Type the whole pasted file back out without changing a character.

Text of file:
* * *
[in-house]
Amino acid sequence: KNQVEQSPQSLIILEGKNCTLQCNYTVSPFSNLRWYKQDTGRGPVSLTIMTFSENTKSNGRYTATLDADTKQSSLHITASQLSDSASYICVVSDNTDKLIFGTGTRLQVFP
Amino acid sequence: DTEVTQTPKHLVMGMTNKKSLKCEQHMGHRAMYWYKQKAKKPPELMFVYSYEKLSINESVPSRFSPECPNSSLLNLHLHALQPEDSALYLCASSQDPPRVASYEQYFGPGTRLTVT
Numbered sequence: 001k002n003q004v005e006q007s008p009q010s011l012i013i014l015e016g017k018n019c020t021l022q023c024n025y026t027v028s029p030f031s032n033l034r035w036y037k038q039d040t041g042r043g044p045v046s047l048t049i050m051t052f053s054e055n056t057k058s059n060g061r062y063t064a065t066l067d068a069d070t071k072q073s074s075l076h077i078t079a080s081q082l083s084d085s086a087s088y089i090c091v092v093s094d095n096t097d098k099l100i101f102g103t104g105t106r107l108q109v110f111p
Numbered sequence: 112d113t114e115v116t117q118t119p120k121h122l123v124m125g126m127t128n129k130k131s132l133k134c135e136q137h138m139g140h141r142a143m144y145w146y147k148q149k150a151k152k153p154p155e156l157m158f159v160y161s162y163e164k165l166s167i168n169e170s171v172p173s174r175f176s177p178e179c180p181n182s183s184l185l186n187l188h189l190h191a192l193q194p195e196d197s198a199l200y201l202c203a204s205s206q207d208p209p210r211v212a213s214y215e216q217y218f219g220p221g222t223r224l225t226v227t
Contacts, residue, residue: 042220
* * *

[in-house]
Amino acid sequence: KNQVEQSPQSLIILEGKNCTLQCNYTVSPFSNLRWYKQDTGRGPVSLTIMTFSENTKSNGRYTATLDADTKQSSLHITASQLSDSASYICVVSDNTDKLIFGTGTRLQVFP
Amino acid sequence: DTEVTQTPKHLVMGMTNKKSLKCEQHMGHRAMYWYKQKAKKPPELMFVYSYEKLSINESVPSRFSPECPNSSLLNLHLHALQPEDSALYLCASSQDPPRVASYEQYFGPGTRLTVT
Numbered sequence: 001k002n003q004v005e006q007s008p009q010s011l012i013i014l015e016g017k018n019c020t021l022q023c024n025y026t027v028s029p030f031s032n033l034r035w036y037k038q039d040t041g042r043g044p045v046s047l048t049i050m051t052f053s054e055n056t057k058s059n060g061r062y063t064a065t066l067d068a069d070t071k072q073s074s075l076h077i078t079a080s081q082l083s084d085s086a087s088y089i090c091v092v093s094d095n096t097d098k099l100i101f102g103t104g105t106r107l108q109v110f111p
Numbered sequence: 112d113t114e115v116t117q118t119p120k121h122l123v124m125g126m127t128n129k130k131s132l133k134c135e136q137h138m139g140h141r142a143m144y145w146y147k148q149k150a151k152k153p154p155e156l157m158f159v160y161s162y163e164k165l166s167i168n169e170s171v172p173s174r175f176s177p178e179c180p181n182s183s184l185l186n187l188h189l190h191a192l193q194p195e196d197s198a199l200y201l202c203a204s205s206q207d208p209p210r211v212a213s214y215e216q217y218f219g220p221g222t223r224l225t226v227t
Contacts, residue, residue: 042220